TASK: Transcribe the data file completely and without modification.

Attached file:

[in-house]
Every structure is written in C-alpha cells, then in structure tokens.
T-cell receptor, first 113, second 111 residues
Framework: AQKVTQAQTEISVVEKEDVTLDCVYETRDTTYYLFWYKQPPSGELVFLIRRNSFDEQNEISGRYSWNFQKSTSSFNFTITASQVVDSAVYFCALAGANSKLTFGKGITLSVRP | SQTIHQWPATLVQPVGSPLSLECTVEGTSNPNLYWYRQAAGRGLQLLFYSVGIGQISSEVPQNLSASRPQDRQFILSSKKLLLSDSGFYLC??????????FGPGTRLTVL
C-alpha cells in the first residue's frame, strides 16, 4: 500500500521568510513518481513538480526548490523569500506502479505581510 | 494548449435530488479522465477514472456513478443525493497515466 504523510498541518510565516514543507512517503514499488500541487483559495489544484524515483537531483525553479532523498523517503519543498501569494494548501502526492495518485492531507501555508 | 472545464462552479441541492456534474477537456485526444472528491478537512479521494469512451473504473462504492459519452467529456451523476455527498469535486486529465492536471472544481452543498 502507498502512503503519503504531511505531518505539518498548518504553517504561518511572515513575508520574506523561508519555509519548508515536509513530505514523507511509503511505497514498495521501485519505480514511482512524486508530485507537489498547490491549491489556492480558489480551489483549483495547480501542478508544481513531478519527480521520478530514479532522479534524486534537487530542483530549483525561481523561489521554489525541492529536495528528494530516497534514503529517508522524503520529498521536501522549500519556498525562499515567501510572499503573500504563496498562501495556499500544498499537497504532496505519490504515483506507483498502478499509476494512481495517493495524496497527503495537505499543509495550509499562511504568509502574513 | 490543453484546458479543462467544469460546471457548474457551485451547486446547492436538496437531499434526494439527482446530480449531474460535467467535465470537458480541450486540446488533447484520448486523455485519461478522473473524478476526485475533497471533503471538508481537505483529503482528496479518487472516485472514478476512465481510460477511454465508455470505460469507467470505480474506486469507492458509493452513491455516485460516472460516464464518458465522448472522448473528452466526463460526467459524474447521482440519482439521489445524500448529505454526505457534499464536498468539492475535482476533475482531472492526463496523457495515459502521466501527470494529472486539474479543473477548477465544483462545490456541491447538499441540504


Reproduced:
[in-house]
Every structure is written in C-alpha cells, then in structure tokens.
T-cell receptor, first 113, second 111 residues
Framework: AQKVTQAQTEISVVEKEDVTLDCVYETRDTTYYLFWYKQPPSGELVFLIRRNSFDEQNEISGRYSWNFQKSTSSFNFTITASQVVDSAVYFCALAGANSKLTFGKGITLSVRP | SQTIHQWPATLVQPVGSPLSLECTVEGTSNPNLYWYRQAAGRGLQLLFYSVGIGQISSEVPQNLSASRPQDRQFILSSKKLLLSDSGFYLC??????????FGPGTRLTVL
C-alpha cells in the first residue's frame, strides 16, 4: 500500500521568510513518481513538480526548490523569500506502479505581510 | 494548449435530488479522465477514472456513478443525493497515466 504523510498541518510565516514543507512517503514499488500541487483559495489544484524515483537531483525553479532523498523517503519543498501569494494548501502526492495518485492531507501555508 | 472545464462552479441541492456534474477537456485526444472528491478537512479521494469512451473504473462504492459519452467529456451523476455527498469535486486529465492536471472544481452543498 502507498502512503503519503504531511505531518505539518498548518504553517504561518511572515513575508520574506523561508519555509519548508515536509513530505514523507511509503511505497514498495521501485519505480514511482512524486508530485507537489498547490491549491489556492480558489480551489483549483495547480501542478508544481513531478519527480521520478530514479532522479534524486534537487530542483530549483525561481523561489521554489525541492529536495528528494530516497534514503529517508522524503520529498521536501522549500519556498525562499515567501510572499503573500504563496498562501495556499500544498499537497504532496505519490504515483506507483498502478499509476494512481495517493495524496497527503495537505499543509495550509499562511504568509502574513 | 490543453484546458479543462467544469460546471457548474457551485451547486446547492436538496437531499434526494439527482446530480449531474460535467467535465470537458480541450486540446488533447484520448486523455485519461478522473473524478476526485475533497471533503471538508481537505483529503482528496479518487472516485472514478476512465481510460477511454465508455470505460469507467470505480474506486469507492458509493452513491455516485460516472460516464464518458465522448472522448473528452466526463460526467459524474447521482440519482439521489445524500448529505454526505457534499464536498468539492475535482476533475482531472492526463496523457495515459502521466501527470494529472486539474479543473477548477465544483462545490456541491447538499441540504